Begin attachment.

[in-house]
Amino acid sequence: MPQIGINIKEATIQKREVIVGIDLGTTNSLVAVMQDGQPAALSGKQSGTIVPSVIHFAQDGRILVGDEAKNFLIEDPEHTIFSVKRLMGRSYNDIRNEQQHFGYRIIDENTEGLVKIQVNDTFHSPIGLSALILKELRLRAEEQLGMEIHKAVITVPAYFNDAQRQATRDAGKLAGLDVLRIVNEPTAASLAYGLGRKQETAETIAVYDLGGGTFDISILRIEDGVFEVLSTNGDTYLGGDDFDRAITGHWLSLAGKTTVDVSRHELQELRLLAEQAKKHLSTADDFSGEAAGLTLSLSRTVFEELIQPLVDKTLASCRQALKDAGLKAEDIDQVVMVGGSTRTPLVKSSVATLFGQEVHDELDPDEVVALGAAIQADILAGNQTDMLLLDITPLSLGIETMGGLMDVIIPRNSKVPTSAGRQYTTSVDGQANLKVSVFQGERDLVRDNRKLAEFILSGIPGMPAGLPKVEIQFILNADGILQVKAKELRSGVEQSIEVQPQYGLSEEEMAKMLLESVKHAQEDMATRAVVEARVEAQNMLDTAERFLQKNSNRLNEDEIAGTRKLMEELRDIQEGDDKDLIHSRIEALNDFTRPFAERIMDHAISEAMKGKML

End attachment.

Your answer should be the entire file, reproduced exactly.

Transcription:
[in-house]
Amino acid sequence: MPQIGINIKEATIQKREVIVGIDLGTTNSLVAVMQDGQPAALSGKQSGTIVPSVIHFAQDGRILVGDEAKNFLIEDPEHTIFSVKRLMGRSYNDIRNEQQHFGYRIIDENTEGLVKIQVNDTFHSPIGLSALILKELRLRAEEQLGMEIHKAVITVPAYFNDAQRQATRDAGKLAGLDVLRIVNEPTAASLAYGLGRKQETAETIAVYDLGGGTFDISILRIEDGVFEVLSTNGDTYLGGDDFDRAITGHWLSLAGKTTVDVSRHELQELRLLAEQAKKHLSTADDFSGEAAGLTLSLSRTVFEELIQPLVDKTLASCRQALKDAGLKAEDIDQVVMVGGSTRTPLVKSSVATLFGQEVHDELDPDEVVALGAAIQADILAGNQTDMLLLDITPLSLGIETMGGLMDVIIPRNSKVPTSAGRQYTTSVDGQANLKVSVFQGERDLVRDNRKLAEFILSGIPGMPAGLPKVEIQFILNADGILQVKAKELRSGVEQSIEVQPQYGLSEEEMAKMLLESVKHAQEDMATRAVVEARVEAQNMLDTAERFLQKNSNRLNEDEIAGTRKLMEELRDIQEGDDKDLIHSRIEALNDFTRPFAERIMDHAISEAMKGKML